Africa resists lure of tobacco companies
A woman smokes a cigarette outside the (FNB) First National Bank main branch in Johannesburg, South Africa.
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Kai Ryssdal: Hillary Clinton starts a trip to Africa today. Seven countries in 11 days. One of the seven is South Africa. The Secretary of State will talk about the AIDS crisis there. She's expected to promise American support for wide range of other health initiatives, too. The South African government is trying to cut back on smoking-related diseases. Tobacco companies are cultivating millions of new smokers in Africa as the West cracks down on the habit. But activists in South Africa, who had some success against international businesses during Apartheid, are fighting back. Gretchen Wilson reports.
GRETCHEN WILSON: At a construction site south of Johannesburg, Sibusiso Mtshali takes a lunch break. As he comes off the site, the first thing he does is light a cigarette.
SIBUSISO MTSHALI: It's like if you are thirsty you want to drink some water.
Mtshali knows the risks.
MTSHALI: Smoking is not right. We kill ourself. But if you want to relax, light your cigarette.
The World Health Organization says there are now a billion smokers around the world. More than 80 percent of them live in low-and-middle-income countries like South Africa. Francois van der Merwe heads the Tobacco Institute of Southern Africa, a lobbying group for the industry.
FRANCOIS VAN DER MERWE: Emerging markets, developing countries in the world, are growing markets for tobacco products.
Many African governments are trying to pass reforms aimed at reducing tobacco use. Yussuf Saloojee heads South Africa's National Council Against Smoking. He says the tobacco companies have tried to stymie those reforms.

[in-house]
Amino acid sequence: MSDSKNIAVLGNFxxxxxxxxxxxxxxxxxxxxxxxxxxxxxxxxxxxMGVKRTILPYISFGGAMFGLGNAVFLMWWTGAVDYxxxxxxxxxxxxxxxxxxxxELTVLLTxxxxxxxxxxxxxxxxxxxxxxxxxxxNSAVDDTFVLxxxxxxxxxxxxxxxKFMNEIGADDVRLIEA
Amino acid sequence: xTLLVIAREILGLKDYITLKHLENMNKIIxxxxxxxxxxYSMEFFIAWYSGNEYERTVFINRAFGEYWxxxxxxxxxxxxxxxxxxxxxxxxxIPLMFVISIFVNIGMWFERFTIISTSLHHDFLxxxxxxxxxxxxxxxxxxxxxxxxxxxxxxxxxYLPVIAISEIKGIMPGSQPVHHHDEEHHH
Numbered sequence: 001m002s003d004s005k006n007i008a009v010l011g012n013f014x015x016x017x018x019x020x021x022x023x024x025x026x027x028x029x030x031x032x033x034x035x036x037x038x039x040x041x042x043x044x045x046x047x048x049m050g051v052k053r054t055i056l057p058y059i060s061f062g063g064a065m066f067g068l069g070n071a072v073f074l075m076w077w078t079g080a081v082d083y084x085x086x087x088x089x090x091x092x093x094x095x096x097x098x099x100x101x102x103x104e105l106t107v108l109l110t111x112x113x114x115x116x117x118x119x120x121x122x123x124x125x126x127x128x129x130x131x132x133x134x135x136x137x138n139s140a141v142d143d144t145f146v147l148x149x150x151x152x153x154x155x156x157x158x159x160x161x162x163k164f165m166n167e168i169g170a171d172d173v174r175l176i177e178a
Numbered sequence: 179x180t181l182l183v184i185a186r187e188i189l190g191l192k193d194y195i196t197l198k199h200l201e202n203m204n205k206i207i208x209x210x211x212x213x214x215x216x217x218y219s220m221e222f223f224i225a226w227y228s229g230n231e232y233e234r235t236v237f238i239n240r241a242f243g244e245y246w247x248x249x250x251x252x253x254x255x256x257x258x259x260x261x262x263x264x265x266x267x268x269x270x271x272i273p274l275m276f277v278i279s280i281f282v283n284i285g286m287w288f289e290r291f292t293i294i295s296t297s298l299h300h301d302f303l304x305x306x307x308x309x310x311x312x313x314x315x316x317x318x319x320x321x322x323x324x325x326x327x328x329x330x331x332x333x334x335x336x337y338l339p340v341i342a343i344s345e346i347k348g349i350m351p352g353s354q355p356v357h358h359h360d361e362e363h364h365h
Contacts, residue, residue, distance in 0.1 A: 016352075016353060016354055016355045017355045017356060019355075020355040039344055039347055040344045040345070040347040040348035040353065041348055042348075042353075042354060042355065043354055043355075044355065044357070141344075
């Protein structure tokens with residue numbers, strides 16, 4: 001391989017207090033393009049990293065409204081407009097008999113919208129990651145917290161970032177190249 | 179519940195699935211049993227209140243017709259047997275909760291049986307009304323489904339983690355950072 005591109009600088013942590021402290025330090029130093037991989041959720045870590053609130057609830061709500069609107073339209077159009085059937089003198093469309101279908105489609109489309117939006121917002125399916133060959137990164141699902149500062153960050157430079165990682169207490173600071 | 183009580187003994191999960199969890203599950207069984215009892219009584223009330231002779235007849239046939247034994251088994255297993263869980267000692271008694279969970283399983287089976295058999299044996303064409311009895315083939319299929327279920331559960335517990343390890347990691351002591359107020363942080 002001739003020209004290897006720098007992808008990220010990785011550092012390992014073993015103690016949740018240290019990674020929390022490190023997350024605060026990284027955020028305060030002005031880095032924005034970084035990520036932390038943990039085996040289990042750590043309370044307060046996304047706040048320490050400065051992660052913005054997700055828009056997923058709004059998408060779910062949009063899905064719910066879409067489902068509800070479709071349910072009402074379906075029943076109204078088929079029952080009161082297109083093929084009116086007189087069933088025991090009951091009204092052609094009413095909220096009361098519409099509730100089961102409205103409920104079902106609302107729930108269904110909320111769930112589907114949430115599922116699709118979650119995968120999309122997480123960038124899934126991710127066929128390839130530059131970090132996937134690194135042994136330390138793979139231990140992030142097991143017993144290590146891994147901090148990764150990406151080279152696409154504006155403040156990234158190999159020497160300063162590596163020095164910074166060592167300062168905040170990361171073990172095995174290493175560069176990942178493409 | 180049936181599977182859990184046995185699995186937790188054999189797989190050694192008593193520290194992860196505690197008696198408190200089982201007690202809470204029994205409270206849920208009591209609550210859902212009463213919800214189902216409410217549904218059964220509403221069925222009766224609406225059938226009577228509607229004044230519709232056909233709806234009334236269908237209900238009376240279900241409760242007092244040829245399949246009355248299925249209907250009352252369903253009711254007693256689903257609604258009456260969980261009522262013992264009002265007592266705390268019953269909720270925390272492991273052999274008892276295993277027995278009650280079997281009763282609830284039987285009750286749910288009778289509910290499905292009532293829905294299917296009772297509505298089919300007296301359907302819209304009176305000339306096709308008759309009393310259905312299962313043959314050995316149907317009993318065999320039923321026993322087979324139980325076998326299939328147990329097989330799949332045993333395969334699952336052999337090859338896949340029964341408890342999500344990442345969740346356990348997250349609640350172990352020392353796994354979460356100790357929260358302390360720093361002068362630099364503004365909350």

YUSSUF SALOOJEE: They've acted in South Africa the way they act all around the world, which is both bribing and bullying governments and trying to get them not to act.
He says the tobacco industry tries to cozy up to public officials with free cars or vacations. And threatens the government with expensive lawsuits.
But South Africa has largely resisted those tactics, making it an example for the developing world. When apartheid ended in 1994, the new government enacted a series of tobacco control laws.
South Africa's roads used to be plastered with cigarette billboards. Not any more. Nor any other tobacco advertising. Smoking's banned in many public places. Brand new legislation ups the fines for selling cigarettes to minors. Back in 1994, about 33 percent of adults here smoked. Now that's down to 22 percent.
SALOOJEE: So not only has South Africa taken strong legislative action, but the actions have proven to work.
Farmers have grown tobacco in South Africa for centuries. And the tobacco industry here generates a billion dollars in excise taxes every year, about 1 percent of government spending. Industry officials say tough legislation means governments lose that money as sales are driven into an unregulated black market. Again, Francois van der Merwe of the Tobacco Institute.
VAN DER MERWE: Nobody can deny the massive economic impact of the tobacco industry in the world, in terms of taxes, in terms of jobs, in terms of being good corporate citizens.
But anti-tobacco activists say that even in the region's poorest countries -- like Malawi and Zambia -- those lost taxes and jobs are nothing, compared to what smoking-related diseases cost the public health systems.
Kathy Mulvey is international policy director for Corporate Accountability International, a nonprofit group that fights for tougher tobacco laws around the world.
KATHY MULVEY: These are the countries that can least afford the burden of an entirely preventable epidemic. So it's a ticking time bomb of health and economic disaster.
She says even the countries with the strongest political find it hard to go up against the vast resources of the big tobacco companies.
MULVEY: You know, what we're talking about are giant transnational corporations whose annual revenues eclipse the economies of many of these individual countries.
In South Africa, a company called British American Tobacco is the largest manufacturer and distributor of cigarettes. But it's now expanding its reach to friendlier shores. The global giant recently announced it would buy the fourth-largest cigarette maker in Indonesia.
In Johannesburg, I'm Gretchen Wilson for Marketplace.